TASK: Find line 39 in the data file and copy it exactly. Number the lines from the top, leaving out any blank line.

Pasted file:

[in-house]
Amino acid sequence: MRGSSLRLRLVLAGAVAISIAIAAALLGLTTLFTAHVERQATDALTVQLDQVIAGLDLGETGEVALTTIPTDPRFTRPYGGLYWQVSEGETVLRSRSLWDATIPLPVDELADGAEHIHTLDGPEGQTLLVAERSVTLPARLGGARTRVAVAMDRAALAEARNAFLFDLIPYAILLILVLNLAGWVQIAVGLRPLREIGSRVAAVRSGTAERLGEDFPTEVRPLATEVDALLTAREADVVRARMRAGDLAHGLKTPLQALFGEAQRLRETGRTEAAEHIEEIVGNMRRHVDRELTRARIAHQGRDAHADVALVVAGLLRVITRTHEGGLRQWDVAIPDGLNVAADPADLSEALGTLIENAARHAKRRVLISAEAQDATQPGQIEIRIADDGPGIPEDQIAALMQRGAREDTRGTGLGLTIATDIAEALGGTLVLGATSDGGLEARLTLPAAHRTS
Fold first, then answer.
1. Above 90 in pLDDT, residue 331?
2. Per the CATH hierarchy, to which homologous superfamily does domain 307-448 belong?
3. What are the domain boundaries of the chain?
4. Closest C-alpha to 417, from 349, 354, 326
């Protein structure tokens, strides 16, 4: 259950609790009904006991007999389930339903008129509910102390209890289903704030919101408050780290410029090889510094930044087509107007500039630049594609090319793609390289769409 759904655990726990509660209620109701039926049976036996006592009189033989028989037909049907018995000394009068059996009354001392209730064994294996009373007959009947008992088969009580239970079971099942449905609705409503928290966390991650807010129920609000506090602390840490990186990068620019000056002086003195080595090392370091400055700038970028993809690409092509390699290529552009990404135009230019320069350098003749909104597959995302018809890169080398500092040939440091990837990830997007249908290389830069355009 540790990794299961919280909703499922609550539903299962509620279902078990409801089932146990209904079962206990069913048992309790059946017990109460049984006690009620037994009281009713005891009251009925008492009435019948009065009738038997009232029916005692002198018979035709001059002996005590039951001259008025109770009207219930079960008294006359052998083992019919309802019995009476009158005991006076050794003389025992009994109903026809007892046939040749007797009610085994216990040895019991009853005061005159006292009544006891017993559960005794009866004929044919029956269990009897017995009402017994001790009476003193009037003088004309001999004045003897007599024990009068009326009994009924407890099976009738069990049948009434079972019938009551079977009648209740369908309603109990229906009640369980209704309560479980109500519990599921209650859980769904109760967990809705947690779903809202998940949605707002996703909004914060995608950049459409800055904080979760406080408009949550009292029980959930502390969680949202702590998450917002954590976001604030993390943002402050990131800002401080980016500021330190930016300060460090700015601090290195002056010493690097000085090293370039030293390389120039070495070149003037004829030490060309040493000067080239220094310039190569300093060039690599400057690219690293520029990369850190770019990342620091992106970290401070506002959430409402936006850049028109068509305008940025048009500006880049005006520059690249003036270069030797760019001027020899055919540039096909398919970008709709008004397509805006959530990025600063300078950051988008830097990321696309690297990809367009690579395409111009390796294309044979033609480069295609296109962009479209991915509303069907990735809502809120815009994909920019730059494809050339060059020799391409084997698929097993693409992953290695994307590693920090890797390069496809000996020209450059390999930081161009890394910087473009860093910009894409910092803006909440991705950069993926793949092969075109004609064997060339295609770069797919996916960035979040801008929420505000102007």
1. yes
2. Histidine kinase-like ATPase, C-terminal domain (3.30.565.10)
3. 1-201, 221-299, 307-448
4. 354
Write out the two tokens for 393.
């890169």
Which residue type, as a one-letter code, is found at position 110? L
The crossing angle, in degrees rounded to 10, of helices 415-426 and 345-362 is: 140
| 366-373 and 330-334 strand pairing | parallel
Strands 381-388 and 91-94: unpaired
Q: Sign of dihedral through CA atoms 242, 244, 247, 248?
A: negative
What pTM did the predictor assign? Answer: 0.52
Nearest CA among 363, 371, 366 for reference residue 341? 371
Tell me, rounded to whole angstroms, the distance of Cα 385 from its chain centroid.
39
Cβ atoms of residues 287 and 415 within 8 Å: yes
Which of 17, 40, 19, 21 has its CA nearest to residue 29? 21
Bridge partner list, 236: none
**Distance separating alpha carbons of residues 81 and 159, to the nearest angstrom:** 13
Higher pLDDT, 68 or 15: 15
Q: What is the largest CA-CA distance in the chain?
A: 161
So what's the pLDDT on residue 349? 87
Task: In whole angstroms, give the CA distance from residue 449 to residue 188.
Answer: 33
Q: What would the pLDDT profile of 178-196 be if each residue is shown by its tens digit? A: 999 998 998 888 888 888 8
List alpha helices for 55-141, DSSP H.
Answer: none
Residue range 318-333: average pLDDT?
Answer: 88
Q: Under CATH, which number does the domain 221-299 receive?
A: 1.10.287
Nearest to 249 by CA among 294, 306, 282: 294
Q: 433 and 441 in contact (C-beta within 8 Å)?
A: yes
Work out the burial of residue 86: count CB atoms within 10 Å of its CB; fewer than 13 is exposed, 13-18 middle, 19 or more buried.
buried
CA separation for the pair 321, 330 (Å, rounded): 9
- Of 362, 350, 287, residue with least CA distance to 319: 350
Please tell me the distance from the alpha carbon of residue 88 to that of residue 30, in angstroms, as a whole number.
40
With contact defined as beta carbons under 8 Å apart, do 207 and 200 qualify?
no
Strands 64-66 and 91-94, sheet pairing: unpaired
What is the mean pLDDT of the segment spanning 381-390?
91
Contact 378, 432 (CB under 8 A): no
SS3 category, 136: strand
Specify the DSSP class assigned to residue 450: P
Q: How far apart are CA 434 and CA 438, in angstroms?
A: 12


Answer: 88